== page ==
This review covers the “original” trilogy of The Mortal Instruments: City of Bones, City of Ashes, and City of Glass. More books have been written and the series is up to five now; I have no idea how long the author intends for the series to run at this point.
Look at those covers — aren’t they kind of hilarious? Anyway, being the dedicated Tumblr user that I am, I couldn’t help but notice the fervor over these, particularly with the movie adaptation currently filming and slated for release in spring 2013. Turns out, I’m way behind on this phenomenon, since City of Bones was first released in 2008. Anyway. Onto the actual review-y stuff.
Set in modern New York, the series concerns the re-education of “mundane” Clary Fray, who grew up much like you and I, blind to the supernatural worlds that exist intertwined with ours. That changes one evening at a nightclub when she witnesses a group of Shadowhunters engaged in a bit of demon-slaying. Shadowhunters are humans that are angel-blessed and have the ability (and responsibility) to fight demons and other forces of evil. Shadowhunters are born only from the established bloodline of known Shadowhunters, so when the supposedly-normal Clary is able to see what ordinary humans, called “mundanes,” cannot, the Shadowhunter group takes her back to their lair. Meanwhile, her mother is kidnapped, as it turns out, by demons, and Clary and her new companions, along with her other mundane friend Simon, learn Clary’s true heritage and begin a quest to rescue her mother.
This is basically the setup for the first three books in the series, which has everything you would expect from a supernatural YA series: the epic and passionate romance that appears delayed by insurmountable circumstances and kind of leads to a love triangle, except that you’re never quite convinced that there is really any competition; the showdown between good and evil, which in this case is led by a former Shadowhunter-turned-bad; appearances from vampires, warlocks, werewolves, and faeries — etc, etc. There is also a lot of meta humor and current pop culture references, which make the books fun now but will probably lead to them seeming really dated in another few years.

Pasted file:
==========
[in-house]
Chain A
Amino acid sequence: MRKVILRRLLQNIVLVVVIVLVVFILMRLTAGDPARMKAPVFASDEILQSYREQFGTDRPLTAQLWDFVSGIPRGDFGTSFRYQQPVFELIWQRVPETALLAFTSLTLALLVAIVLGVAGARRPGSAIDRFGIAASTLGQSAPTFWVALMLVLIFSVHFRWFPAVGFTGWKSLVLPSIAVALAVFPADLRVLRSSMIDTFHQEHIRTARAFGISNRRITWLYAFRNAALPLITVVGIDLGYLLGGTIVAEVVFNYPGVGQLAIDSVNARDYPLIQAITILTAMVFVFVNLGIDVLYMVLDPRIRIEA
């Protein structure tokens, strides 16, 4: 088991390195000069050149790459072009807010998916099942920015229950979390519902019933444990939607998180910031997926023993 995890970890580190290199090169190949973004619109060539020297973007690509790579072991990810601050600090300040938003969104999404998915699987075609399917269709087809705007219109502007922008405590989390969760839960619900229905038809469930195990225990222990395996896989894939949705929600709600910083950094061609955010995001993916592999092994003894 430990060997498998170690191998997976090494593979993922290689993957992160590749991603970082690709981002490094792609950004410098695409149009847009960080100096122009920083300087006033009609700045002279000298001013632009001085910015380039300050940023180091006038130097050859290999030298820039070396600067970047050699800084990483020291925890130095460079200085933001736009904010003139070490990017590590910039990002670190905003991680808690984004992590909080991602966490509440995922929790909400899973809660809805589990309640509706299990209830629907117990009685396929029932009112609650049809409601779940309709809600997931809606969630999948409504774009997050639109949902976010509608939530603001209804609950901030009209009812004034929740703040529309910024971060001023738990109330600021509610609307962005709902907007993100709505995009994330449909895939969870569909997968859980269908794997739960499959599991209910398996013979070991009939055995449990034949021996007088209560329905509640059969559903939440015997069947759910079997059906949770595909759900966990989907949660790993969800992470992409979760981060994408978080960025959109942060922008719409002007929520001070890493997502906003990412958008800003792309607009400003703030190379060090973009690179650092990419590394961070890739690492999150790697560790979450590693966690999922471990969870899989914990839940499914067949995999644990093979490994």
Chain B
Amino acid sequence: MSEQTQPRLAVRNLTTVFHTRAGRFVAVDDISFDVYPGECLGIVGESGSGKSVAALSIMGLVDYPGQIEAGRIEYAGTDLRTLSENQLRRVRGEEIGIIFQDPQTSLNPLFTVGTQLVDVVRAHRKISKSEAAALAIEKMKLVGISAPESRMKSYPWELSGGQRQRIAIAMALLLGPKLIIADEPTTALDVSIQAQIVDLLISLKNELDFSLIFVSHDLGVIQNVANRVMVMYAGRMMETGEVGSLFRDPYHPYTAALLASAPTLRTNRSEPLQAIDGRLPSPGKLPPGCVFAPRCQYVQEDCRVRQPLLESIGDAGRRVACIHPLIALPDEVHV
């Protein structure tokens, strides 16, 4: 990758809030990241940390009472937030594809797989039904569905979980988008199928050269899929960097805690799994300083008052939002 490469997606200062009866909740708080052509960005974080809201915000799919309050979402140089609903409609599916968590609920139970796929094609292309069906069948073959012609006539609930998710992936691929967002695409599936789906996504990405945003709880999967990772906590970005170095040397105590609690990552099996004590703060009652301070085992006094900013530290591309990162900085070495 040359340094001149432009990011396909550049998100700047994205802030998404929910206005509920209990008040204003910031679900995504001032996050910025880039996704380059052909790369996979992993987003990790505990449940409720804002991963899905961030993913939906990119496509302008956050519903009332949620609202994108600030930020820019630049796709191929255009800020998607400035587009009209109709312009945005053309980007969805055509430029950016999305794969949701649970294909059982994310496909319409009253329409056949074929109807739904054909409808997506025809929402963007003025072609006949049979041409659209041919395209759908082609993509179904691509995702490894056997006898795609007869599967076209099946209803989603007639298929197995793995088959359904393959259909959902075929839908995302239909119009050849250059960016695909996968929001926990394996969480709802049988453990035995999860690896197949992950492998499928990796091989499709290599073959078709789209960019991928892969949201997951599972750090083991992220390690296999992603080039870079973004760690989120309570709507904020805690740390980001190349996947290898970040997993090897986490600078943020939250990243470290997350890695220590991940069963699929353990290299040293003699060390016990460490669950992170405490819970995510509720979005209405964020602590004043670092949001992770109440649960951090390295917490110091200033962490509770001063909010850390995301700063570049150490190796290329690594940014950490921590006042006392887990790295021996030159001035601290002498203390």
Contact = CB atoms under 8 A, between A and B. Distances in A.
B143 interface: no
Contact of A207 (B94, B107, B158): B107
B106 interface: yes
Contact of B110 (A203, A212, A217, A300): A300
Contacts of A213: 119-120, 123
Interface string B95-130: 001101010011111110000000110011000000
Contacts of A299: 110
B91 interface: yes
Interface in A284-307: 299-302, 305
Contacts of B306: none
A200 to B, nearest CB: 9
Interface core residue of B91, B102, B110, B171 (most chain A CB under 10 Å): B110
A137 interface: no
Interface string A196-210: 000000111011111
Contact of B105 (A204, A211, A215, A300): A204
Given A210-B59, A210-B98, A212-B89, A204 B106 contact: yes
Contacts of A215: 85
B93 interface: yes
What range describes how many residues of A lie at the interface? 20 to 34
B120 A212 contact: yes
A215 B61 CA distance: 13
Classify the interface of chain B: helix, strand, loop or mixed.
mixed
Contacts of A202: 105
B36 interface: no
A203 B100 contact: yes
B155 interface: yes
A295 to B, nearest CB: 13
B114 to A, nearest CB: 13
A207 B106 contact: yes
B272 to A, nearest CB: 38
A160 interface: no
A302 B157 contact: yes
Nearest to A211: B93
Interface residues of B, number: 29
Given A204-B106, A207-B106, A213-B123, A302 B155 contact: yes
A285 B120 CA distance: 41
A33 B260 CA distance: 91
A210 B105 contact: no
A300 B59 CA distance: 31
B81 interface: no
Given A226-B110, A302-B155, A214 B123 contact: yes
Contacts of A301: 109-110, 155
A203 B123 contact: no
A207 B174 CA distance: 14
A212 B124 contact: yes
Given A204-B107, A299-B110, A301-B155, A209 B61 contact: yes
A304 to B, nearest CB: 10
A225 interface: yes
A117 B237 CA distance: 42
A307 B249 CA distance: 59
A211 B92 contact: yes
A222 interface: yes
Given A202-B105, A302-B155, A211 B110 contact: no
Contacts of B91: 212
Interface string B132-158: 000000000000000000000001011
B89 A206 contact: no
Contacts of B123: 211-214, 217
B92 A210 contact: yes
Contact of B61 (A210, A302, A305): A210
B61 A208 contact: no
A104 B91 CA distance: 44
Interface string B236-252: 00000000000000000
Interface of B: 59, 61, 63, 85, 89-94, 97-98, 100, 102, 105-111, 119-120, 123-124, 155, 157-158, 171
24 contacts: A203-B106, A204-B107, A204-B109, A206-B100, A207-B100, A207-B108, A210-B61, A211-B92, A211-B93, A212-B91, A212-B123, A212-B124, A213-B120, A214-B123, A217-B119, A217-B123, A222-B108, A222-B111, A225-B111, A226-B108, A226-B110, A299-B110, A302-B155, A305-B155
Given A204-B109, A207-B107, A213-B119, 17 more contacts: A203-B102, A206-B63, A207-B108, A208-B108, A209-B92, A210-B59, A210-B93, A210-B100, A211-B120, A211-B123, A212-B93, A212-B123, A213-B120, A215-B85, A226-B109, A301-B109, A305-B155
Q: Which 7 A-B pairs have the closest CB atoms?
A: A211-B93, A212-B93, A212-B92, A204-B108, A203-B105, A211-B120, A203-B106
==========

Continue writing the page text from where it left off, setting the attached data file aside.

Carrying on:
Overall, yes, these were really fun. I read all three over the course of a single weekend, and I can understand why teenagers (aka, the actual target market for YA) have gone rabid over them. I really enjoyed the world-building and fast paced plot, both of which kept me engaged and caused me to want to zip through these quickly. The romance was fun too, due to a legitimately surprising twist, which keeps them “apart” for a good 2/3 of the trilogy and makes for some deliciously conflicted sexual tension. The writing itself was kind of hokey and immature, and didn’t really achieve the same kind of character depth or development that, say, Collins does in The Hunger Games, or even that THG would-be competitors like Divergent (Roth) do. What the characters lack in depth, though, they make up for in sassy quips. Again, these lend themselves to fun, quick reads rather than truly thought-provoking YA, but I’m not really complaining. One of the things that the Cannonball has done for me is taken away a bit of my prejudice regarding “serious” books. If I’m trying to read at least 52 books in a year, I owe myself a few silly fun ones along the way! So that’s what I recommend to this audience. The Mortal Instruments make a great palate-cleanser as part of the Cannonball: you’ll probably enjoy them, even if they don’t “stay with you,” as they say. And if this kind of stuff is actually right up your alley, you’ve probably already read them, since like I said, I’m late to this game.